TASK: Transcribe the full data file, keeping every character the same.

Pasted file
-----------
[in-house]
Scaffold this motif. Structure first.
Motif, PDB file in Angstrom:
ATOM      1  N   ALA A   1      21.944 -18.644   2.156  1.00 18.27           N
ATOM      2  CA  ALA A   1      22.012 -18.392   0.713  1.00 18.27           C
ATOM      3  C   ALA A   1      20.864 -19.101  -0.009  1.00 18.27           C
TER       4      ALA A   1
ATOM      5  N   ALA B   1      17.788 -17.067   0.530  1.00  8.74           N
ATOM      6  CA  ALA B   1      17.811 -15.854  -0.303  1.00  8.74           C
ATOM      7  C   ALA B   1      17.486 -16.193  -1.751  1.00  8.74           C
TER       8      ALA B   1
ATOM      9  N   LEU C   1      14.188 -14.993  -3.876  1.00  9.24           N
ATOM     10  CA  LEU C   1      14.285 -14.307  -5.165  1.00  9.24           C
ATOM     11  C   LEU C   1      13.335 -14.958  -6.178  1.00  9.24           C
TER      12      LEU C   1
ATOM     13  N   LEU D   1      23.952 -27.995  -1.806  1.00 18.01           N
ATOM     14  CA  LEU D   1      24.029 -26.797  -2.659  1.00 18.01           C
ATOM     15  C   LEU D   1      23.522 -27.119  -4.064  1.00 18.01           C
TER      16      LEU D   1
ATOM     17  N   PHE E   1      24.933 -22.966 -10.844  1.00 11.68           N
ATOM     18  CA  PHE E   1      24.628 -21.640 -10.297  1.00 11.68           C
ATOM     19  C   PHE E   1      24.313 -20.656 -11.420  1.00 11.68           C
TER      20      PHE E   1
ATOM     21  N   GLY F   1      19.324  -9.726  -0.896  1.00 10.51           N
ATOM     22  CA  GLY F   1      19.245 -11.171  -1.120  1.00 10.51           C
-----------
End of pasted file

[in-house]
Scaffold this motif. Structure first.
Motif, PDB file in Angstrom:
ATOM      1  N   ALA A   1      21.944 -18.644   2.156  1.00 18.27           N
ATOM      2  CA  ALA A   1      22.012 -18.392   0.713  1.00 18.27           C
ATOM      3  C   ALA A   1      20.864 -19.101  -0.009  1.00 18.27           C
TER       4      ALA A   1
ATOM      5  N   ALA B   1      17.788 -17.067   0.530  1.00  8.74           N
ATOM      6  CA  ALA B   1      17.811 -15.854  -0.303  1.00  8.74           C
ATOM      7  C   ALA B   1      17.486 -16.193  -1.751  1.00  8.74           C
TER       8      ALA B   1
ATOM      9  N   LEU C   1      14.188 -14.993  -3.876  1.00  9.24           N
ATOM     10  CA  LEU C   1      14.285 -14.307  -5.165  1.00  9.24           C
ATOM     11  C   LEU C   1      13.335 -14.958  -6.178  1.00  9.24           C
TER      12      LEU C   1
ATOM     13  N   LEU D   1      23.952 -27.995  -1.806  1.00 18.01           N
ATOM     14  CA  LEU D   1      24.029 -26.797  -2.659  1.00 18.01           C
ATOM     15  C   LEU D   1      23.522 -27.119  -4.064  1.00 18.01           C
TER      16      LEU D   1
ATOM     17  N   PHE E   1      24.933 -22.966 -10.844  1.00 11.68           N
ATOM     18  CA  PHE E   1      24.628 -21.640 -10.297  1.00 11.68           C
ATOM     19  C   PHE E   1      24.313 -20.656 -11.420  1.00 11.68           C
TER      20      PHE E   1
ATOM     21  N   GLY F   1      19.324  -9.726  -0.896  1.00 10.51           N
ATOM     22  CA  GLY F   1      19.245 -11.171  -1.120  1.00 10.51           C